"I would not say I'm the first to write about this, but no previous biographer has explored it in such depth," he says. "It is a definite puzzle, given his own troubles with the bottle in his latter years. I'm still not fully certain how much of the press coverage about his support for the temperance movement was genuine or 'fake news.' It's difficult to say for certain.”

Several biographies state that Rasputin was exceedingly fond of sugar – with one even citing his black teeth as proof. But his daughter Maria flatly states that her father disliked sweets. A trivial point of discrepancy — except that it has a bearing on how he died. The standard version is that Rasputin's murderers, a group of monarchists led by Prince Yusupov, knowing of his supposed weakness for sweets, laced cakes and wine with cyanide and served them to him, and, when he miraculously survived the poison, shot him dead.

So whom do we believe? Smith is unequivocal. "I believe his daughter," he says. "The stories that he loved sweets come from less-than-reliable sources. Black teeth? Hard to say. I've never seen a single photograph of him with his mouth open. The love of sweets belongs, I would say, to the realm of myth."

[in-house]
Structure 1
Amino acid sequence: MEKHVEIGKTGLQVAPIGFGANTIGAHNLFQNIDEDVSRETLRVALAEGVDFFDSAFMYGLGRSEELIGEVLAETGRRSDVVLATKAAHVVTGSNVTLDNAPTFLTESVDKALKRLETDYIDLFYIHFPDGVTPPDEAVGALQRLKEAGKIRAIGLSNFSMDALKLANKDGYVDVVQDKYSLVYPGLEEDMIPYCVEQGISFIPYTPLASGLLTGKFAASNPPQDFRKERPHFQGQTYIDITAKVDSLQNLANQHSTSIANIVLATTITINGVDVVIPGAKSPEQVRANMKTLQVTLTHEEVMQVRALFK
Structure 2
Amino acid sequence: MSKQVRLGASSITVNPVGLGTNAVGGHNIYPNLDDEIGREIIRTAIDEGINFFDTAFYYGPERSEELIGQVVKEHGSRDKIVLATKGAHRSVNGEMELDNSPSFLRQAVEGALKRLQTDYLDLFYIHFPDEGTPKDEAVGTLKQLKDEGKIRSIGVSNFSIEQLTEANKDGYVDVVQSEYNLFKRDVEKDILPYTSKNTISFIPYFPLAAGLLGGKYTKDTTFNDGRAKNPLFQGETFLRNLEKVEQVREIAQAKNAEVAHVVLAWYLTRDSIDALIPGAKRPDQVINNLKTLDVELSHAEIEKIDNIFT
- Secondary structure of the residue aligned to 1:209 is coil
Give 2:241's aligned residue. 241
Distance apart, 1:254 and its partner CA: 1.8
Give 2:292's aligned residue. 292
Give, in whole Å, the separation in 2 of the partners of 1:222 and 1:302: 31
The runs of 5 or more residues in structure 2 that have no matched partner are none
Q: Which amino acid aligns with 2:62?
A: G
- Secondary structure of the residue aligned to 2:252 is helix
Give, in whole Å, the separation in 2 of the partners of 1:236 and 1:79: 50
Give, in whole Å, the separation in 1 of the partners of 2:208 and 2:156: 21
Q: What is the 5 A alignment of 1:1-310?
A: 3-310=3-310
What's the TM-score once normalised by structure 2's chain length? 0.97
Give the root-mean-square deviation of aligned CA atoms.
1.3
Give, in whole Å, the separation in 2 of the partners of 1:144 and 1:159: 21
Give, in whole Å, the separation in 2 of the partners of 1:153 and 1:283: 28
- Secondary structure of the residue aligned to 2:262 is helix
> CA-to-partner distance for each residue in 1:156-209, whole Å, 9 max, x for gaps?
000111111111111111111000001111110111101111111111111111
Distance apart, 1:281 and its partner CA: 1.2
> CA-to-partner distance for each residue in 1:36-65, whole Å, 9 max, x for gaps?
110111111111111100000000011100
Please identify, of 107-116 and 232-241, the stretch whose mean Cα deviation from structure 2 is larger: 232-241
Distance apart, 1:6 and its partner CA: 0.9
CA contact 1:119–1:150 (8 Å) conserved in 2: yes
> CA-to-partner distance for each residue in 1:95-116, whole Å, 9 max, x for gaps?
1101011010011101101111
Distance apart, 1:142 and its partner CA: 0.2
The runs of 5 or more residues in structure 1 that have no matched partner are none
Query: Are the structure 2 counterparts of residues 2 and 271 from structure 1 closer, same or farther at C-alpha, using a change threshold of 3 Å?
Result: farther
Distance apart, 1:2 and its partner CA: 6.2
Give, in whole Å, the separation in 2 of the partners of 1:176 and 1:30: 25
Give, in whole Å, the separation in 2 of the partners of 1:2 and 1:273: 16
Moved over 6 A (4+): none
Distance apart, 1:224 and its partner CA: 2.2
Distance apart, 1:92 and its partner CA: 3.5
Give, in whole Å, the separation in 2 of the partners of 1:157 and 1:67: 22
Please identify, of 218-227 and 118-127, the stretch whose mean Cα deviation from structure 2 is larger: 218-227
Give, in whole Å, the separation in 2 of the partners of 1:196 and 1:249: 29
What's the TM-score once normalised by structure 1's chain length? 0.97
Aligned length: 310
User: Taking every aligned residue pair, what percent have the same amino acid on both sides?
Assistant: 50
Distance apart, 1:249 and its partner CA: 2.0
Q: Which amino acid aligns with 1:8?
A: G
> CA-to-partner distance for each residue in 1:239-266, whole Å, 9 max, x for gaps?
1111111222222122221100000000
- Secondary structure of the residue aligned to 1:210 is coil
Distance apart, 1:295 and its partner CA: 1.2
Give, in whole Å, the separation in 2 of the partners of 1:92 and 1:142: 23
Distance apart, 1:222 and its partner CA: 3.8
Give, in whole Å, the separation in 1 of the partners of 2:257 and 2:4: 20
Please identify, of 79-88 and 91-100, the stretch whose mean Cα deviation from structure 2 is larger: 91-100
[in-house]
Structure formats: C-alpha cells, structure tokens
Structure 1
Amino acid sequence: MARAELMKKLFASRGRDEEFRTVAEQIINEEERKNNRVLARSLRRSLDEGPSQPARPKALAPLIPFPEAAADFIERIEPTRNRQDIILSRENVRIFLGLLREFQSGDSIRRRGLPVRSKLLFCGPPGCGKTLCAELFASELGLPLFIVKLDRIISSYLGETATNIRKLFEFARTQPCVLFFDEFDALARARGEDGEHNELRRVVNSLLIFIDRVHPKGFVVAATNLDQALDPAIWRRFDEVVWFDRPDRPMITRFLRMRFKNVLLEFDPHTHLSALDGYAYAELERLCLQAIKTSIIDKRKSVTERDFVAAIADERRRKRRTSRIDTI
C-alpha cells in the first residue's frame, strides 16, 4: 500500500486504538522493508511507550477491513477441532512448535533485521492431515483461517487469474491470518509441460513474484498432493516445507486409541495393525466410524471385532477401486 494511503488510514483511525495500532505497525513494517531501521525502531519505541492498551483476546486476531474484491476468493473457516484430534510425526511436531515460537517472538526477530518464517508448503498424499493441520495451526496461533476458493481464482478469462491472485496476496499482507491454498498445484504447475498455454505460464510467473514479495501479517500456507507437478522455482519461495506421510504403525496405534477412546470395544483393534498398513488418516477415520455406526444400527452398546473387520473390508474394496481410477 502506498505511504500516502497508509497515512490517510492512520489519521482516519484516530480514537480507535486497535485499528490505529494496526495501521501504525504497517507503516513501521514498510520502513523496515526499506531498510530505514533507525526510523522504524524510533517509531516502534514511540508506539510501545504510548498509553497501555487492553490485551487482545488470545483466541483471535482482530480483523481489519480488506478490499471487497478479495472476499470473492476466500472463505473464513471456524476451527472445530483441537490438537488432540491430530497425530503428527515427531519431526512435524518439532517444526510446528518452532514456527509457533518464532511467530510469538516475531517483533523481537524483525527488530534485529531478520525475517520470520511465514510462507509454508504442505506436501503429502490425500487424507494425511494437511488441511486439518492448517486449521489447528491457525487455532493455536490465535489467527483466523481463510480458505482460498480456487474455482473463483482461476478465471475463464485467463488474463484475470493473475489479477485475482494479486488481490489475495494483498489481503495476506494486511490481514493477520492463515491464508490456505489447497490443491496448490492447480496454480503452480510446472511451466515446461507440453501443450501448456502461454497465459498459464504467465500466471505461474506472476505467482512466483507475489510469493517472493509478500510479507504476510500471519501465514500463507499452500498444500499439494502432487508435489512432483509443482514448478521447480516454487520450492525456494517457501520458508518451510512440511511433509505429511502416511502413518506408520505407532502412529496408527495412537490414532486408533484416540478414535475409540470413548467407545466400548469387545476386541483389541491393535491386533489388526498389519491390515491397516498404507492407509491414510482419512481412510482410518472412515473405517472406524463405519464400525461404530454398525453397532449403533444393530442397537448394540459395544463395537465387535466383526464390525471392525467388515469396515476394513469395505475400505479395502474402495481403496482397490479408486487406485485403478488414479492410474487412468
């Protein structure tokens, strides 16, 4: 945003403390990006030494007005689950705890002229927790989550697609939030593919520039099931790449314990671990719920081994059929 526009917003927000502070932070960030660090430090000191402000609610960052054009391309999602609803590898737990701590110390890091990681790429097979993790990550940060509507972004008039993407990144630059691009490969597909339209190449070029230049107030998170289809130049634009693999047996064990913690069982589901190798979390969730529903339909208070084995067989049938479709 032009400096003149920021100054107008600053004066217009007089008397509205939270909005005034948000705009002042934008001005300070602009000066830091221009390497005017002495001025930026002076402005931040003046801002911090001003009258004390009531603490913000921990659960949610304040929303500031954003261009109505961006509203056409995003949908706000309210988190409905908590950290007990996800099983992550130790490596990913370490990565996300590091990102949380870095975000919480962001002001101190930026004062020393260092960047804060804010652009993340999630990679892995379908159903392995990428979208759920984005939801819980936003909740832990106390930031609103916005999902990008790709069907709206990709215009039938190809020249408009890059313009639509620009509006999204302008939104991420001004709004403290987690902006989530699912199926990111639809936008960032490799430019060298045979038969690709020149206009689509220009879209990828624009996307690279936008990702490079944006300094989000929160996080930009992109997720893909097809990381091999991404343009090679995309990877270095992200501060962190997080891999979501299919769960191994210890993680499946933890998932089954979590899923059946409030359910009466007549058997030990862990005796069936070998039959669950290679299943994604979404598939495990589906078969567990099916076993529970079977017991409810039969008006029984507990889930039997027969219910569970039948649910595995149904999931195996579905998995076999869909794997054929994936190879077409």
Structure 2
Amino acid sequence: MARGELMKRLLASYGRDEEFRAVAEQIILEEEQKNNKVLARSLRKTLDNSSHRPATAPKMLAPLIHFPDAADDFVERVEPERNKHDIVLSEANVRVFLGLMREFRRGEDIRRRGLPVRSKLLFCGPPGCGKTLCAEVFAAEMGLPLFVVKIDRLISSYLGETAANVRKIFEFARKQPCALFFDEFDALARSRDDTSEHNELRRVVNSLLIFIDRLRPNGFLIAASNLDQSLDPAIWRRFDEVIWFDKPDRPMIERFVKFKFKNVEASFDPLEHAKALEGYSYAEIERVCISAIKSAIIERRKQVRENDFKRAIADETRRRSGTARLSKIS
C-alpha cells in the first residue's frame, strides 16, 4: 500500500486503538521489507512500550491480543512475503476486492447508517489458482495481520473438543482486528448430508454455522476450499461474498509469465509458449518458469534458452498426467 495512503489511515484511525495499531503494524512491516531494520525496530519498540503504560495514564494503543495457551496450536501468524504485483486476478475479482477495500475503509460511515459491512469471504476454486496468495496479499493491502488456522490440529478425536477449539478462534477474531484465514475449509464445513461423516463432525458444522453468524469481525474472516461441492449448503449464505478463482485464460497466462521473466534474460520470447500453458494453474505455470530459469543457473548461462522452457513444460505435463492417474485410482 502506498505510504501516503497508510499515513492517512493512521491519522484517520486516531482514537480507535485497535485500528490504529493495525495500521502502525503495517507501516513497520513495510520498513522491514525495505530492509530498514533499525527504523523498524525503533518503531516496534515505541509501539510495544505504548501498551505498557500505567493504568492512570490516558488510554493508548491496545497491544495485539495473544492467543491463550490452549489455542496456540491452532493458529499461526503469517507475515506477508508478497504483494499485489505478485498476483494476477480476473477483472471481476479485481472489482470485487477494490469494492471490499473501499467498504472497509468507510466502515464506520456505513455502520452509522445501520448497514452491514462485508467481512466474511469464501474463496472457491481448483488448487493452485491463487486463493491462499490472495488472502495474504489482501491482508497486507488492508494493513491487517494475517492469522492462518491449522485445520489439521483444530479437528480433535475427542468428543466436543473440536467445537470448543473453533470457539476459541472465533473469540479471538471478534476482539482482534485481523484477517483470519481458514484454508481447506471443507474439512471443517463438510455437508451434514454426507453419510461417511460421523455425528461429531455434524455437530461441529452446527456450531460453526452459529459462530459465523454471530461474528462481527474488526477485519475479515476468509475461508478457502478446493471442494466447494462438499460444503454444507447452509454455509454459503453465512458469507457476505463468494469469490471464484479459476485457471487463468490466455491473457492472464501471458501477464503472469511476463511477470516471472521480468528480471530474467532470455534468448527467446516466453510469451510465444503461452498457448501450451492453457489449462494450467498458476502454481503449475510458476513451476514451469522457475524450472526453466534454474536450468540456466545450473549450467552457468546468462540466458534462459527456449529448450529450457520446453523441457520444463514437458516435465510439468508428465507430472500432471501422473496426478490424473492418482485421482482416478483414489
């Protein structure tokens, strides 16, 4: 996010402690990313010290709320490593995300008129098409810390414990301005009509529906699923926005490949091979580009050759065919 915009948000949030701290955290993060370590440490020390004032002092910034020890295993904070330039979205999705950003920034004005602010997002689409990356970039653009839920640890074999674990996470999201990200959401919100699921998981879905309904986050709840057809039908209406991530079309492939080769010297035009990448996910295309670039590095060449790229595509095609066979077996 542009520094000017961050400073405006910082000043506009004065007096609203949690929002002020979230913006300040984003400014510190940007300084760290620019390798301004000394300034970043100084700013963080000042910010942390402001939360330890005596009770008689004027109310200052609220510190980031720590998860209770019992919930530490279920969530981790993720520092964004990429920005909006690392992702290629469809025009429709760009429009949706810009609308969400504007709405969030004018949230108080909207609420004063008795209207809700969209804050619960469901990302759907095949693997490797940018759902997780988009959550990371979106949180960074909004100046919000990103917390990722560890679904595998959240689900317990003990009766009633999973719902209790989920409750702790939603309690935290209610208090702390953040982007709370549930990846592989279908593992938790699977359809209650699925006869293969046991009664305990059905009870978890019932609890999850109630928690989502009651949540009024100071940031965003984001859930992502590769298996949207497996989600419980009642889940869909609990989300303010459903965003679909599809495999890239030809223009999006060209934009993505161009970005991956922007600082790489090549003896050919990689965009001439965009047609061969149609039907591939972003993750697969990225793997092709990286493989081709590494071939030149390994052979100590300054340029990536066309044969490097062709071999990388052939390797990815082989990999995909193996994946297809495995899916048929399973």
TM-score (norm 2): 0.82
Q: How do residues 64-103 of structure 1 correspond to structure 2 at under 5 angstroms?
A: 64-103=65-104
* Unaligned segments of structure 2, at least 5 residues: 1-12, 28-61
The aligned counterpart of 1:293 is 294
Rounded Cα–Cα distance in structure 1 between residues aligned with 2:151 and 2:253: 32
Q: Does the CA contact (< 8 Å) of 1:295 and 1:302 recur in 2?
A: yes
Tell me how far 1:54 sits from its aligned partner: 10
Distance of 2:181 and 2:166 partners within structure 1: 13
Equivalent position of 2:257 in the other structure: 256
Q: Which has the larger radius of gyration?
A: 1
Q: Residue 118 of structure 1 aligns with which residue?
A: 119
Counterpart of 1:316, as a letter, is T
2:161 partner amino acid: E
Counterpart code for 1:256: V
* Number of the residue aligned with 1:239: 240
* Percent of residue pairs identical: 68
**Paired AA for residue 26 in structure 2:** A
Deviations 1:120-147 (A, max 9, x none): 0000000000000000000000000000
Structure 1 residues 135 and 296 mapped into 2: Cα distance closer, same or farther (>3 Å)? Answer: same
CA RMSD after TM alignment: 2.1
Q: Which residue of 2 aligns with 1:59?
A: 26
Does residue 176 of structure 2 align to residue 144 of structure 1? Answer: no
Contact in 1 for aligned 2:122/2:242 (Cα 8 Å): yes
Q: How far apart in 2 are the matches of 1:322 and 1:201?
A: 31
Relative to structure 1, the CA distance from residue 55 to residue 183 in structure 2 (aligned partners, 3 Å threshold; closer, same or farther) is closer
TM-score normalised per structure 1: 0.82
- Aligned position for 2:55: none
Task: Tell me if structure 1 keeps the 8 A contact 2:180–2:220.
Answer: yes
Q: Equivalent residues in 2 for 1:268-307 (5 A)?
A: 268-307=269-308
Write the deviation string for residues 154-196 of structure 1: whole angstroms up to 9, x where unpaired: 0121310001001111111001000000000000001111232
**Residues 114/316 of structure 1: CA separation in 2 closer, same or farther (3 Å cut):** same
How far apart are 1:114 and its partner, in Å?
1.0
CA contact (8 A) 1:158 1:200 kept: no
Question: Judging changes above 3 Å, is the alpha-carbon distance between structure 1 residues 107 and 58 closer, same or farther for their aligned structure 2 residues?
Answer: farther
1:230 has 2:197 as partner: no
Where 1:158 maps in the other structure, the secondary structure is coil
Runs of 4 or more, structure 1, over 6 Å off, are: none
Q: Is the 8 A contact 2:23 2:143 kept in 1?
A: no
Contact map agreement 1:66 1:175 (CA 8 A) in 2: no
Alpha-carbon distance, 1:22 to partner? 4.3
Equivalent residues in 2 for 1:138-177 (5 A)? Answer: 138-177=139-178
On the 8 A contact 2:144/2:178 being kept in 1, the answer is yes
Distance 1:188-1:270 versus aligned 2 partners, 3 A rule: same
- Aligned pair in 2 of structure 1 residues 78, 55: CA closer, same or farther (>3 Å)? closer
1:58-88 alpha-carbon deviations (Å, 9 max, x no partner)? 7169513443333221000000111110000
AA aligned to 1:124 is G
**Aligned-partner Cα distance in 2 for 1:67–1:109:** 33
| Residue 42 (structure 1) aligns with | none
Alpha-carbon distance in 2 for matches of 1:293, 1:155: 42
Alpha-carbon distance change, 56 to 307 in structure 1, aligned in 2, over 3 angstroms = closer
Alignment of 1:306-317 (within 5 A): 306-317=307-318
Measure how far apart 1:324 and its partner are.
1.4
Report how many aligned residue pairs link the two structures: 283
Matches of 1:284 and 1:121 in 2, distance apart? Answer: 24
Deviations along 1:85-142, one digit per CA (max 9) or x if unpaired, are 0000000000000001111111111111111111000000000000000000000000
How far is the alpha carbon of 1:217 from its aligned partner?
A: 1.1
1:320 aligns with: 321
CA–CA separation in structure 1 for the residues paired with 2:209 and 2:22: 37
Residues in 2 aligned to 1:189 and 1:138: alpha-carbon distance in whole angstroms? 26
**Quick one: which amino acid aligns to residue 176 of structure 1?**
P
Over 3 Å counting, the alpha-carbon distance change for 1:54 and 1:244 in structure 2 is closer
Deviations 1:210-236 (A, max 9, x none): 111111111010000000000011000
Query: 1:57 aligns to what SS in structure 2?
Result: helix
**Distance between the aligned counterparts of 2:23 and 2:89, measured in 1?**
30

And while it's true that the 48-year-old Rasputin was lured to a cellar and served cake and wine on his last night (perhaps Yusupov & Co. bought into the sweet-tooth myth as well) while Yankee Doodle played on the gramophone, neither contained any poison. The autopsy report said as much.

Smith's comprehensive biography portrays an intriguingly multifaceted figure who enjoyed power and had a seductive vitality, but who was also an earthy and compassionate family man. It's a far cry from the demonic Rasputin of the irresistibly catchy 1978 Boney-M song, with its fantastical claim that Ra-Ra Rasputin was a "lover of the Russian queen" and "Russia's greatest love machine." The former is salacious gossip. The latter is hard to prove, but in the succinct words of another historian, Robert K. Massie, "He would send out for prostitutes late at night as people might send out for pizza.”’ ~